Customers would notice no particular difference and could still schedule recordings and be able to pause and rewind through live TV. “It's a DVR; it does everything a DVR does,” says Cablevision President Tom Rutledge.
It's not clear whether programmers will object. They have generally treated DVR set-tops the same as VCRs, and they have not protested. But recording shows at the headend and redistributing them through the cable network will draw different copyright scrutiny.
Cablevision executives believe they can avoid problems by offering each DVR customer dedicated storage space, preventing users from sharing content.
Cablevision has been talking about the plan for more than a year but has only recently informed programmers it was going forward. Programming executives contacted say they don't know enough about the plan to comment.—John M. Higgins
Charter Communications President Neil Smit believes some form of à la carte service is coming, so he advises the industry, rather than Washington, to come up with a plan.
“Something will happen,” he told an audience of cable marketers at a Cable Television Public Affairs Association panel session in Washington last week. He doesn't know whether it will come from Washington or the industry but prefers the latter.
He said the industry is getting it from the right and left on the issue of unbundling its service and selling individual channels to consumers, with indecency driving calls from conservatives for more content control and from liberals for more value and choice.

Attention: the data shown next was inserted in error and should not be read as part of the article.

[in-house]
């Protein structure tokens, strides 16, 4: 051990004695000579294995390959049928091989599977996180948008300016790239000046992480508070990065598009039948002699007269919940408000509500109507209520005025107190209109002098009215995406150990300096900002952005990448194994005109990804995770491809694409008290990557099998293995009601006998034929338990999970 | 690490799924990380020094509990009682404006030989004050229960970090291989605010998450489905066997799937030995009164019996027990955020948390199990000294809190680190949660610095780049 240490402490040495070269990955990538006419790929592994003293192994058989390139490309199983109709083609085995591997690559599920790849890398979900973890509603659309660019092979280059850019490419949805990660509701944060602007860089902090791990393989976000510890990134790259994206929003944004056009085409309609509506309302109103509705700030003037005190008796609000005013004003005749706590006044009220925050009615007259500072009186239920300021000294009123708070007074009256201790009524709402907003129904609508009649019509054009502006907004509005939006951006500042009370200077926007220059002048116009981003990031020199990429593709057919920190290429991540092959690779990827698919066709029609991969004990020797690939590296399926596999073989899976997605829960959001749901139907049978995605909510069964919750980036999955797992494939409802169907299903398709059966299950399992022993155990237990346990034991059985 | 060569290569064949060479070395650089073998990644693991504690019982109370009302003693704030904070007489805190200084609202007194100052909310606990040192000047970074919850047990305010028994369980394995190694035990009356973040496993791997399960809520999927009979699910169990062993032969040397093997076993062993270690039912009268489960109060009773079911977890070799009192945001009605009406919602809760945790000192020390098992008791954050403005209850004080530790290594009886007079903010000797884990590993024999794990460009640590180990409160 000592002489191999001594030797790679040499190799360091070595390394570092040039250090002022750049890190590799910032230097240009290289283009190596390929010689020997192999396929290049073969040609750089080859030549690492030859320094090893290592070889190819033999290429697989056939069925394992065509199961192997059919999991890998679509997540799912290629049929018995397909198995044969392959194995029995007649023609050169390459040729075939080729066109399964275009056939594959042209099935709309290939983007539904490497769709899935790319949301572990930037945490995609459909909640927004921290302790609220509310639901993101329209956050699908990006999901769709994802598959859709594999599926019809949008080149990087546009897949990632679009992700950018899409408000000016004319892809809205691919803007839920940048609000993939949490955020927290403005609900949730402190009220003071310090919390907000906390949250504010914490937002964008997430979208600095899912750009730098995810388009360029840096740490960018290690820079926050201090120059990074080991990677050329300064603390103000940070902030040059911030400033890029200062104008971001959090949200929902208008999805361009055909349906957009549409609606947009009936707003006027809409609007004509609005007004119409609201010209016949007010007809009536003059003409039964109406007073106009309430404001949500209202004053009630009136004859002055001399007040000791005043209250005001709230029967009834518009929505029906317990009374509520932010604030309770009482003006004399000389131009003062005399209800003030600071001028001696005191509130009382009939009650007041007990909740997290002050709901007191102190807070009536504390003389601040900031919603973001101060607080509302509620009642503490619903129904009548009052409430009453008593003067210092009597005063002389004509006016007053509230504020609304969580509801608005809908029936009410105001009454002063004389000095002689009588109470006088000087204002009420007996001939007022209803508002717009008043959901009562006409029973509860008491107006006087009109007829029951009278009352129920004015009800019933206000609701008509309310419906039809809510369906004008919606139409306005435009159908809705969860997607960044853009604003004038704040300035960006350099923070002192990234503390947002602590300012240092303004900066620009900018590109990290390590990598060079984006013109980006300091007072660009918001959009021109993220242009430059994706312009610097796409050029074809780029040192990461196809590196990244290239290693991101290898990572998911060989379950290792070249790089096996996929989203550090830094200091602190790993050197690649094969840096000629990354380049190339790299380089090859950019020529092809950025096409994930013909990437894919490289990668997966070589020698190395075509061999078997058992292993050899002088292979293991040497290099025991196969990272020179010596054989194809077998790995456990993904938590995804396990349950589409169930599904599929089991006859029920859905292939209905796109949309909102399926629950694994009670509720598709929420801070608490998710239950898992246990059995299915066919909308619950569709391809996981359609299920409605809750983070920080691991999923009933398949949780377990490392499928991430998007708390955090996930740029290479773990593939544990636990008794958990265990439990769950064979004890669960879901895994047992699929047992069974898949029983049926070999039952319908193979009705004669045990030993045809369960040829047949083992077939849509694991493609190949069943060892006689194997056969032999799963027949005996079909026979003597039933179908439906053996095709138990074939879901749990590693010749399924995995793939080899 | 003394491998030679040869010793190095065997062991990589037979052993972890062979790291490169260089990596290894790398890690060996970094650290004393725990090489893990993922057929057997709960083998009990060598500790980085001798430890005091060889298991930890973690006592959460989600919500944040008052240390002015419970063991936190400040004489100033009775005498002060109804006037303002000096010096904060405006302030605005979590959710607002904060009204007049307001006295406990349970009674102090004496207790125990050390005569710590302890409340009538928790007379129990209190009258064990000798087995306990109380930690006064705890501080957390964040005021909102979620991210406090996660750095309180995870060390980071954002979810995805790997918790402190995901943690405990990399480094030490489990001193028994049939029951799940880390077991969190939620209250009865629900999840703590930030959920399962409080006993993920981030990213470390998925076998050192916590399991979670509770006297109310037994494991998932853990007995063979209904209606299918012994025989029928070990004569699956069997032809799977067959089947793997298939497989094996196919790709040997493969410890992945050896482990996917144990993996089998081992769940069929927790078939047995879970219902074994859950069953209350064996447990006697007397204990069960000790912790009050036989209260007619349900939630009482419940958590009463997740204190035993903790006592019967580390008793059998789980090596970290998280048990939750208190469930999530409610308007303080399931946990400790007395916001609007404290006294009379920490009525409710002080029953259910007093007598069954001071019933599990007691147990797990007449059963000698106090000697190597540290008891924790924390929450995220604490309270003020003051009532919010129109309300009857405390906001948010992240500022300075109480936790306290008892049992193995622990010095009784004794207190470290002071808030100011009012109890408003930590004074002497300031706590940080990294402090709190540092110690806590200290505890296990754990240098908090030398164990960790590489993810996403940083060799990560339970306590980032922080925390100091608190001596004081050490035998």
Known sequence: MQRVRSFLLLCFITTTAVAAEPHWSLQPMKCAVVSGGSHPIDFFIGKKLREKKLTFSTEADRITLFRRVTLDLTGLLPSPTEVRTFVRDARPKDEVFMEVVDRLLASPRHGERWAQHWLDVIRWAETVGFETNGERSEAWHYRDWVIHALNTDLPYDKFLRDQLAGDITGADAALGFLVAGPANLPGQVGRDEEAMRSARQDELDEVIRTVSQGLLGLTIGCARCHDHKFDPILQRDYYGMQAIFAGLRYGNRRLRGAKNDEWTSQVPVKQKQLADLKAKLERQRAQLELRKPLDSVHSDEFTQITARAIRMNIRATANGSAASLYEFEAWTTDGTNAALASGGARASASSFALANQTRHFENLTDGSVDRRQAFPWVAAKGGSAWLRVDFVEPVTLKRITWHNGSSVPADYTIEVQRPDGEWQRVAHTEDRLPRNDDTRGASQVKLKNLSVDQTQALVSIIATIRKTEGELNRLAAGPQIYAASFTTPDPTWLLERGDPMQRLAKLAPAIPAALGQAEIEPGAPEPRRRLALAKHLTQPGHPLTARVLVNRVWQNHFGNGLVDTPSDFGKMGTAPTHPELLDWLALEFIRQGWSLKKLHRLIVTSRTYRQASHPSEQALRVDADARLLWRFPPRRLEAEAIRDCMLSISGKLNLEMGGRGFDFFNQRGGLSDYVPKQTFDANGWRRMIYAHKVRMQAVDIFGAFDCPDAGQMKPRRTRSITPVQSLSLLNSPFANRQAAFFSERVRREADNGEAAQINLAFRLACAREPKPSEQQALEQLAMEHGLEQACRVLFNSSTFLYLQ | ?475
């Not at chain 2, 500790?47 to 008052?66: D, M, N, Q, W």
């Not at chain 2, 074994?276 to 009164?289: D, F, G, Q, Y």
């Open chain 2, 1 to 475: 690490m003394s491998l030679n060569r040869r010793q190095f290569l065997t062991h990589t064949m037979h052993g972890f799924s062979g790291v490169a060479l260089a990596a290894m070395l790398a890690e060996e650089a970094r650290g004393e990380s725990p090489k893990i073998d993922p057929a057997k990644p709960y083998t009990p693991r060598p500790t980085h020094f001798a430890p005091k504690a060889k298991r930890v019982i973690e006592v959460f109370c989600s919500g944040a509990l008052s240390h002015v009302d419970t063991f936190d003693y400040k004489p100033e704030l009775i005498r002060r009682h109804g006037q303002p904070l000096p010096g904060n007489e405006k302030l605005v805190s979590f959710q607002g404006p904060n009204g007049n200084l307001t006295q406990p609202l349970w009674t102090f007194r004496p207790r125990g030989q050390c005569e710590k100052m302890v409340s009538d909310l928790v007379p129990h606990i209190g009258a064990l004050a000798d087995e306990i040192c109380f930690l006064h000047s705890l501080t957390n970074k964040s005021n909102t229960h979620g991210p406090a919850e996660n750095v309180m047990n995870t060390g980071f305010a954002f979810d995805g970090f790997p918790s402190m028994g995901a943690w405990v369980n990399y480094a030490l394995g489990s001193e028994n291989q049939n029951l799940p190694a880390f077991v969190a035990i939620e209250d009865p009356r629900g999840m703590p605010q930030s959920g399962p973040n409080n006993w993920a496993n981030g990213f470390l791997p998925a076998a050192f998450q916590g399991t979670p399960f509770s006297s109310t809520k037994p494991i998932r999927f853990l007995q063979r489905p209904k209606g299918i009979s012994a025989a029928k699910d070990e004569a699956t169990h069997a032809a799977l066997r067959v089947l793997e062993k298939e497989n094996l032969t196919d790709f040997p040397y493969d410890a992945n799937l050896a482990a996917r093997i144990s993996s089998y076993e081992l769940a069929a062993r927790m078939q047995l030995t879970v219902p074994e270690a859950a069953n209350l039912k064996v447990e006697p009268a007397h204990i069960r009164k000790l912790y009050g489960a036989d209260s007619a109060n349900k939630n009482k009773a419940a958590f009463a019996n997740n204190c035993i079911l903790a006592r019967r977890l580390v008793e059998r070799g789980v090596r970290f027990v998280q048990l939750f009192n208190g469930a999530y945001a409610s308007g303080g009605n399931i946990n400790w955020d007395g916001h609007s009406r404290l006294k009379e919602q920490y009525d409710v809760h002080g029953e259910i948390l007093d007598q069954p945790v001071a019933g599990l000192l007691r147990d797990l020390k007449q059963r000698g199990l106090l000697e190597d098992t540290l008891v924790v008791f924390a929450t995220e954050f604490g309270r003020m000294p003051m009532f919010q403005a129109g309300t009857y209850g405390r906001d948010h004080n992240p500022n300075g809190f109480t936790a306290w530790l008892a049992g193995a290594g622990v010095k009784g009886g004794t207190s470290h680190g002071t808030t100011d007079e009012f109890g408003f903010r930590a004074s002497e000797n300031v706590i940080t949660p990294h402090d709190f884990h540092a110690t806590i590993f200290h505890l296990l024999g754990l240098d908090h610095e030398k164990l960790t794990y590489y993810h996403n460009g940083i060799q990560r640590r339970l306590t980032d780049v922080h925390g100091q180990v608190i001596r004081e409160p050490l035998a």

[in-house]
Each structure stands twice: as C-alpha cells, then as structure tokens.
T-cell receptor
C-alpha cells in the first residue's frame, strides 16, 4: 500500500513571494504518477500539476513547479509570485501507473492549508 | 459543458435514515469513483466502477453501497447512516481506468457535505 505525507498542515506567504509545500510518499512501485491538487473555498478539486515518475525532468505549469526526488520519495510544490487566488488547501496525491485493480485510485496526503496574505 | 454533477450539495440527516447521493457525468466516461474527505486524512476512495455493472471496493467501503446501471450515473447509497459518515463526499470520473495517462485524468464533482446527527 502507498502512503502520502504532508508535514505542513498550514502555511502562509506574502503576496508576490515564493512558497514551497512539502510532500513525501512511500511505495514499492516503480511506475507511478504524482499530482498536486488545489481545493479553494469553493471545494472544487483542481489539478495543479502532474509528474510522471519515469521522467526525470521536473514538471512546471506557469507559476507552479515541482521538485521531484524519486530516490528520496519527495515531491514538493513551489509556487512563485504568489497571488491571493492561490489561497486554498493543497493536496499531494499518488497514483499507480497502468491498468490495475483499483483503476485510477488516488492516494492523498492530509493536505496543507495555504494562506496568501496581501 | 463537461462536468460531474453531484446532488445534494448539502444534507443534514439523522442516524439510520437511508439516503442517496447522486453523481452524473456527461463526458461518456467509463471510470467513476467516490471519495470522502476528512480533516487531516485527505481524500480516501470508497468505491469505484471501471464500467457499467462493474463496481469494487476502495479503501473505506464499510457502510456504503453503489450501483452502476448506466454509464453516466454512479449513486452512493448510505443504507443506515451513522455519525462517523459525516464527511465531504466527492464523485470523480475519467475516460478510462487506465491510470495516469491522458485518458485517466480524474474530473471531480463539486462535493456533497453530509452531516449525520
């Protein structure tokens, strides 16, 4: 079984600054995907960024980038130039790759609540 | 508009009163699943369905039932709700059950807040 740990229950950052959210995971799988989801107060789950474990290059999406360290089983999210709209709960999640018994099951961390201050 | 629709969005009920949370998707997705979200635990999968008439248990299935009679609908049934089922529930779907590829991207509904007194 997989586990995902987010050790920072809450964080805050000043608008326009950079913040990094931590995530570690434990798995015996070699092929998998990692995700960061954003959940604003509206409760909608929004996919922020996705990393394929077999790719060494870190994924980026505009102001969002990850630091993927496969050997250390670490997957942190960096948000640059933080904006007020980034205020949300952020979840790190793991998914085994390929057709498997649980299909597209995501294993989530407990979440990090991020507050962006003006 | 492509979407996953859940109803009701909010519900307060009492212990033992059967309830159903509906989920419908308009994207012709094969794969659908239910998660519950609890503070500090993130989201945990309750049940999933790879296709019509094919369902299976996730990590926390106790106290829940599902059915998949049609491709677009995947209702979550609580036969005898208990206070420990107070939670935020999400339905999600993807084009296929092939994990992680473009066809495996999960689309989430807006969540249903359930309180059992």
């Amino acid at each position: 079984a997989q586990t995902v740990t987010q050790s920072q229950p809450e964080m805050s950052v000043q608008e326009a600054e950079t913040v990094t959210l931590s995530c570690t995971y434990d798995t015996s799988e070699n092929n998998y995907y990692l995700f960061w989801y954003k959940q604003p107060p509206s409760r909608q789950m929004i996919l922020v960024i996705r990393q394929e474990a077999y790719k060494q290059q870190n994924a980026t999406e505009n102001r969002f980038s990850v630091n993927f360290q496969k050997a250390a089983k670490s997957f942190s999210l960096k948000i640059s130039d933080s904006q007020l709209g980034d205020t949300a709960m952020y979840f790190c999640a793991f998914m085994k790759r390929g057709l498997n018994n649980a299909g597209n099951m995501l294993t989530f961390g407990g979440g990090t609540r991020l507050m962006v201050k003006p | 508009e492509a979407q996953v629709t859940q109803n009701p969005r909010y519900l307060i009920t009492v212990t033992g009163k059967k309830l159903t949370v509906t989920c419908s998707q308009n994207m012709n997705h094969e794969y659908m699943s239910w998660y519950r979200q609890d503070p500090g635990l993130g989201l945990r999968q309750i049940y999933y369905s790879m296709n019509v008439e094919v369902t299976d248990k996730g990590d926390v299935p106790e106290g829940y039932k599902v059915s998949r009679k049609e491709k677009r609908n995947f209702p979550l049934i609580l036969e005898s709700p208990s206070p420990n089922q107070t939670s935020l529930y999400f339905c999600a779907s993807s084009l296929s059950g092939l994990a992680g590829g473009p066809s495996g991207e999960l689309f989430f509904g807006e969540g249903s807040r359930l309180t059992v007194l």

Time Warner Cable COO Landel Hobbs says he hopes nothing happens on the à la carte front. The result, he says, would be less choice and higher prices.—John Eggerton
At its upfront last Tuesday, Lifetime pitched itself as a revamped programmer for today's women, young and old.
Lifetime pitched its first full slate of programs developed under President/CEO Betty Cohen and Entertainment President Susanne Daniels, a WB veteran who joined the network in August. The network for women, once the top-rated cable entertainment channel, is trying to reclaim that status by targeting younger women while not alienating older viewers. Lifetime averaged 1.45 million total viewers during prime in February, down 10% from last year.
In addition to a lengthy development slate of reality and scripted series and original movies, the network is focusing on promoting two summer premieres: June's improv comedy Lovespring, produced by Will & Grace's Eric McCormack, and July's truth-versus-lies crime drama Angela's Eyes, from the producers of the Oscar-winning movie Crash. It also is debuting acquired NBC series Medium as a Sunday-night weekly series this week.—Anne Becker
Fox's new broadcast network My Network TV nabbed 13 more affiliates last week, increasing its distribution to more than half the country. Meanwhile, rival The CW signed up six more stations.
My Network TV's biggest deal was securing carriage in Nielsen's No. 11 TV market, Detroit, where Granite Broadcasting's WB affiliate WDWB will become a My Network TV station. Granite lost out on The CW there when the affiliation went to CBS-owned WKBD.